Looking for a “mass shooter” flag in the genes

Scientists will do a full genetic analysis on the Connecticut shooter. What will they find, if anything? And what does it really mean?

No easy answer
Demands to analyse Connecticut school shooter’s DNA are misguided and could lead to dangerous stigmatization, or worse.

Connecticut’s state medical examiner has requested a full genetic analysis of mass killer Adam Lanza, who shot 20 children, 6 school staff, his mother and himself in Newtown in December. At first glance, it is easy to understand why. Confronted with such senseless violence, it is human nature to seek solace in scientific explanations.

This quest to understand endures as technology advances. Now, instead of looking at cranial folds and frontal lobes for clues to the massacre, geneticists at the University of Connecticut in Farmington will scour Lanza’s genes. On its own, this hunt will be about as informative as studies of the brains of murderers: not very.

The Connecticut scientists will not talk about the job they have been handed. It is not clear what they will find, or even what they should look for. Suspend disbelief for a moment and pretend that a ‘mass-shooter gene’ exists — something that no serious geneticist believes — and scientists could still draw no conclusions from a single individual’s genome.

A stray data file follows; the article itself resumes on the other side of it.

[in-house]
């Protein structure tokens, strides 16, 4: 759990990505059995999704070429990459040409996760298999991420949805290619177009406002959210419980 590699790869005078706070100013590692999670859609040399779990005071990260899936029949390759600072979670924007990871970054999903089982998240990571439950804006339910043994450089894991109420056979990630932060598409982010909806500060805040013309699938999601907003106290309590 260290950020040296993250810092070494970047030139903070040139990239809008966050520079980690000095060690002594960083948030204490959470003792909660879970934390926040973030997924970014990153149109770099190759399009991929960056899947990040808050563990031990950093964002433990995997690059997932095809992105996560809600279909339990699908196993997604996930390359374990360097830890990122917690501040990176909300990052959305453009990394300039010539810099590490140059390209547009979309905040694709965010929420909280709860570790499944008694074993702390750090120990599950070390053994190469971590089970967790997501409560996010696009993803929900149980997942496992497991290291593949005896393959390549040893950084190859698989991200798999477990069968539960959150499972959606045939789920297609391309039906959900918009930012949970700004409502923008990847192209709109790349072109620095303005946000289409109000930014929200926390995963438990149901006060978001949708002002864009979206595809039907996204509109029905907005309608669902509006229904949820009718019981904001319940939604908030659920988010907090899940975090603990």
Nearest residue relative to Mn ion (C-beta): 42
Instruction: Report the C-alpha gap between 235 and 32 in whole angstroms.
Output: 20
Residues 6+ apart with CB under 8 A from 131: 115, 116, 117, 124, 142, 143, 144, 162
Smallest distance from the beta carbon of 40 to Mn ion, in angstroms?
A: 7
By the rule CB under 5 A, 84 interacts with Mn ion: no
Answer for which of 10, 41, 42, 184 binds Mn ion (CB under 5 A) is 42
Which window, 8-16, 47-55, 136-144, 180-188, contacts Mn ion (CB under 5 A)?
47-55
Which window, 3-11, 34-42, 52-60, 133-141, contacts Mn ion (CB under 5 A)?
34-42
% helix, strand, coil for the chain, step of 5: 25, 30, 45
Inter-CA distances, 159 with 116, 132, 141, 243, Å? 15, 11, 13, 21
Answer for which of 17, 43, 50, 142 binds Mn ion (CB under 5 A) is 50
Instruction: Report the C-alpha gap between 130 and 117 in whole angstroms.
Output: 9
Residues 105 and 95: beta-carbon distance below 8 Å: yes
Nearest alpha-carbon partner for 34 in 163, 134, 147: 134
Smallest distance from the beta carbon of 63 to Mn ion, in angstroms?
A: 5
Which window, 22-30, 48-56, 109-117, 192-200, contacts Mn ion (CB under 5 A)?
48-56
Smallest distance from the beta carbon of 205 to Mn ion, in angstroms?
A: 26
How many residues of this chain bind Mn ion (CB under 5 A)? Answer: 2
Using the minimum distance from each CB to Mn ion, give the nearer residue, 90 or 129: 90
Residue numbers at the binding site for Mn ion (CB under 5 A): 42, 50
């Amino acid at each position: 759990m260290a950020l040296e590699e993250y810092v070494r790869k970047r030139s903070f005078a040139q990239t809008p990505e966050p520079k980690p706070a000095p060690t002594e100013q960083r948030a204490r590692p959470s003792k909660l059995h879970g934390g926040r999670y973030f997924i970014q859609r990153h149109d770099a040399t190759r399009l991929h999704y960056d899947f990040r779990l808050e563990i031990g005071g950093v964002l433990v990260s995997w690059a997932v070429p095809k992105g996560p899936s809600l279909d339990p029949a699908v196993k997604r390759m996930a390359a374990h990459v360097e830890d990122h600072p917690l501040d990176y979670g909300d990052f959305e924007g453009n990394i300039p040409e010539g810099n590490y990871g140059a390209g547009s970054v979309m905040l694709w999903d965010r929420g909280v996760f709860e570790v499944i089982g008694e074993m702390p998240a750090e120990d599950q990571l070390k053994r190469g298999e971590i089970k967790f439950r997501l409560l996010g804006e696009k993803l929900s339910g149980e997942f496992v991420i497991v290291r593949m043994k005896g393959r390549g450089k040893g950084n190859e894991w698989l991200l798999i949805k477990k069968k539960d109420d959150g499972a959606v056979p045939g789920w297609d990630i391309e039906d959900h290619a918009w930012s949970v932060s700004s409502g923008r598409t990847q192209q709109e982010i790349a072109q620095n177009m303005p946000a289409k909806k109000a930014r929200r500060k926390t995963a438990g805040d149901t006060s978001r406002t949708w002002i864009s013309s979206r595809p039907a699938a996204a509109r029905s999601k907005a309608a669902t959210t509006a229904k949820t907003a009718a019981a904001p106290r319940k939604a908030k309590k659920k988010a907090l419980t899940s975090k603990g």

The main point in this piece is that, while we feel technology can help us understand, a DNA sequence cannot explain anything as complex as behaviour. There is no smoking gun to be found in the genetic code that will point to a person being prone to do such horrendous acts. The risk is that we for a direct correlation where there ISN’T one. It’s far more complicated than that. The piece ends with a rational note – this may bring us useful info but it must be understood in the right context, not used to stigmatize others.

Tip: Tyler Kokjohn

 

  3 comments for “Looking for a “mass shooter” flag in the genes

  1. Tyler Kokjohn
    January 11, 2013 at 12:07 PM

    Thank you for a superb synopsis and assessment.

    When analyses of the Connecticut shooter’s DNA are completed will there then be calls to screen his brother? And take preemptive action if the data reveal shared, unique mutations? This is one tricky situation with enormous implications.

  2. January 11, 2013 at 12:52 PM

    Thank you Sharon for your thoughtful and reasonable opinion regarding this issue.

  3. D. Walker
    January 11, 2013 at 6:05 PM

    If he’d not had easy access to the weaponry that he used, the carnage would not have happened. I’d think trying to go the DNA route is a dead end, especially without at least several different subjects to examine. What might be more significant would be whether he’d ever been bullied. It wouldn’t, of course, be any sort of excuse, but it might be part of an explanation. Some people, unfortunately, have to live their lives very near “The Edge” of rationality. It just takes a shove to put them over the edge completely. He probably should have been heavily medicated as well.

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